continuance in office, their salary shall not be DECREASED"; and the phrase "nor subjected to income tax" is deleted.9

The debates, interpellations and opinions expressed regarding the constitutional provision in question until it was finally approved by the Commission
disclosed that the true intent of the framers of the 1987 Constitution, in adopting it, was to make the salaries of members of the Judiciary taxable. The
ascertainment of that intent is but in keeping with the fundamental principle of constitutional construction that the intent of the framers of the organic law
and of the people adopting it should be given effect.10 The primary task in constitutional construction is to ascertain and thereafter assure the realization
of the purpose of the framers and of the people in the adoption of the Constitution. 11it may also be safely assumed that the people in ratifying the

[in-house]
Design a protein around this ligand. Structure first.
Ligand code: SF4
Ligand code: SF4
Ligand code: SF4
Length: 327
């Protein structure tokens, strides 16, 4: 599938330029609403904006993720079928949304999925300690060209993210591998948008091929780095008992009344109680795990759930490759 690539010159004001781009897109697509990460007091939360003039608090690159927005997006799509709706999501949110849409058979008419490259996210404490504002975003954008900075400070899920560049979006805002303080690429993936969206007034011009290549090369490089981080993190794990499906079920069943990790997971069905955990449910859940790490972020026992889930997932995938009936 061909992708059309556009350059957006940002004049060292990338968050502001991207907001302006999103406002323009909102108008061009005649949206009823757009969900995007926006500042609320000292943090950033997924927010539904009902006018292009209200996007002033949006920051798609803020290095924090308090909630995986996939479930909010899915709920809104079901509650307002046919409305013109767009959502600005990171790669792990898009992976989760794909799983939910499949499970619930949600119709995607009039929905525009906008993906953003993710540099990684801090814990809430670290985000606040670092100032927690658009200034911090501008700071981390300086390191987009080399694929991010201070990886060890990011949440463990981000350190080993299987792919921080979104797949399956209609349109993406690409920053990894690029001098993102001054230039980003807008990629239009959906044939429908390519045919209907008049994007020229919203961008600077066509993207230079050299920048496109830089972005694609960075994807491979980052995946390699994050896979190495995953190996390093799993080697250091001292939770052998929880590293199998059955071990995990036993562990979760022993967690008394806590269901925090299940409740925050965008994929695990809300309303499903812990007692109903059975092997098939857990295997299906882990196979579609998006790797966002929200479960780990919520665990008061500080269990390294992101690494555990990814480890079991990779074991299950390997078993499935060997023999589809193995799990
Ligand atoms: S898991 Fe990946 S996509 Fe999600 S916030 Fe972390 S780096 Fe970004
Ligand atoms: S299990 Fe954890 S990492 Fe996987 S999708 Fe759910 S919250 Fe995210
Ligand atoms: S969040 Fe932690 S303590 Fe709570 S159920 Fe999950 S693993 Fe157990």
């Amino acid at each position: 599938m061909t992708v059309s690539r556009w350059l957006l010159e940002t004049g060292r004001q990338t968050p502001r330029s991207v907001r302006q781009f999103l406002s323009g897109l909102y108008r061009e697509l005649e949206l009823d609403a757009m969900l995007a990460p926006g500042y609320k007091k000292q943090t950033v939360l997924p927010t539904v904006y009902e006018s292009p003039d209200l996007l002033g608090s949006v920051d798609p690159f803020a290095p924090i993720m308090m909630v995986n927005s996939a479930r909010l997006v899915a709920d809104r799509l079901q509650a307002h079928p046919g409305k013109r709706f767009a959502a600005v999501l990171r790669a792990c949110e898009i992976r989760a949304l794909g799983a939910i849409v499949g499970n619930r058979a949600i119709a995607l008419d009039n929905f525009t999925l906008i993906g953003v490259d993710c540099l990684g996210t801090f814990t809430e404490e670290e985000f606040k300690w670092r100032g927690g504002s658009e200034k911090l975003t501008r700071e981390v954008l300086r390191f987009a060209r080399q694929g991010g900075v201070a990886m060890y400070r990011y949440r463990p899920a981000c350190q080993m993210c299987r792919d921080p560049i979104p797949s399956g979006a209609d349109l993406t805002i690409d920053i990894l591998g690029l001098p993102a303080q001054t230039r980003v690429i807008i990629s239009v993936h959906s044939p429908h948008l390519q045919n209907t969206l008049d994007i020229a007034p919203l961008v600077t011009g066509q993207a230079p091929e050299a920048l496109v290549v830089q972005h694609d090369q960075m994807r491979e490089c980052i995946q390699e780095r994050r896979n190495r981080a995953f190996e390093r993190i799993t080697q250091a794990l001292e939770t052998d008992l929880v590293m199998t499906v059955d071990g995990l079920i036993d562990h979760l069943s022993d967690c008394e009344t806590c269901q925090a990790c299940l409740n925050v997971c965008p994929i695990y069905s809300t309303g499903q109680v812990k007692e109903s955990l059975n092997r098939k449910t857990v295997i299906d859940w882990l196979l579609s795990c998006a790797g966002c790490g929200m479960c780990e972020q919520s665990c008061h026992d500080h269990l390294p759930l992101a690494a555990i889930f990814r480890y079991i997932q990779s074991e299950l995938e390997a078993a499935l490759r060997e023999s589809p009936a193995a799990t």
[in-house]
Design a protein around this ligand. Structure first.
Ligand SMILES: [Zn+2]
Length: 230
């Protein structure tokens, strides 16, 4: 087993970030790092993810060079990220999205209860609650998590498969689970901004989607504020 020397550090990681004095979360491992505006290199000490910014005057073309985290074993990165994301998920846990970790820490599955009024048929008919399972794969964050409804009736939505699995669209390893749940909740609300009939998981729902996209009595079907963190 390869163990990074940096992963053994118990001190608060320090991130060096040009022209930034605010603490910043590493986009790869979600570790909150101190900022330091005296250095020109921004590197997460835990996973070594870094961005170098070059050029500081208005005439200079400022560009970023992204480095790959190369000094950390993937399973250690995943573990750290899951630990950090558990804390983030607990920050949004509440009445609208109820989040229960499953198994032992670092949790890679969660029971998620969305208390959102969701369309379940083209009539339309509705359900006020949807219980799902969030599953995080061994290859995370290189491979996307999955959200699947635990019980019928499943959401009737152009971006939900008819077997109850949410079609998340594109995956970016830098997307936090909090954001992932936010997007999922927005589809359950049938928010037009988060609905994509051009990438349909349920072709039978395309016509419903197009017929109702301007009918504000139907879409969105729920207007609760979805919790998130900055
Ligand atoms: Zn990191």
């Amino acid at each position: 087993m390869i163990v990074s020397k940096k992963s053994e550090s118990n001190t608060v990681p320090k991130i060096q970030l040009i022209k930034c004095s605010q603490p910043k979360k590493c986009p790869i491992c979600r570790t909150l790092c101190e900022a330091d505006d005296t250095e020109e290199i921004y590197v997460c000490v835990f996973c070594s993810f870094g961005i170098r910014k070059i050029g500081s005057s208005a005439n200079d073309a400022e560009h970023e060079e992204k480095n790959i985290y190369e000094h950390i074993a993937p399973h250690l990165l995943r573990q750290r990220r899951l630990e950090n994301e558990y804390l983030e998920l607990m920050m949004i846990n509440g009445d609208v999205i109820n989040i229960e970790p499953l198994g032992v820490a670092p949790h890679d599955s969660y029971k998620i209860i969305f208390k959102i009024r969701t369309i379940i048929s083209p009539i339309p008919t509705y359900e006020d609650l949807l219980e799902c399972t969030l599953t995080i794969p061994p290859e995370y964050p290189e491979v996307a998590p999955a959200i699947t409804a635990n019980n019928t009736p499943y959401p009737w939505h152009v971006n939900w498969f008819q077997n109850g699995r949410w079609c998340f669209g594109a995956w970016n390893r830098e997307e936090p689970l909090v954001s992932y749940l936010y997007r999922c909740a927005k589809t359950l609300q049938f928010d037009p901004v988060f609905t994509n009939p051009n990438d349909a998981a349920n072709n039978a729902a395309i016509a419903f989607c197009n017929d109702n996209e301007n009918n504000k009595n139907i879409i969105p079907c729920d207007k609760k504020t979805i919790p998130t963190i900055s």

Constitution were guided mainly by the explanation offered by the framers. 12 1avvphi1

Besides, construing Section 10, Articles VIII, of the 1987 Constitution, which, for clarity, is again reproduced hereunder:
The salary of the Chief Justice and of the Associate Justices of the Supreme Court, and of judges of lower courts shall be fixed by law. During
their continuance in office, their salary shall not be decreased. (Emphasis supplied).

it is plain that the Constitution authorizes Congress to pass a law fixing another rate of compensation of Justices and Judges but such rate must be
higher than that which they are receiving at the time of enactment, or if lower, it would be applicable only to those appointed after its approval. It would
be a strained construction to read into the provision an exemption from taxation in the light of the discussion in the Constitutional Commission.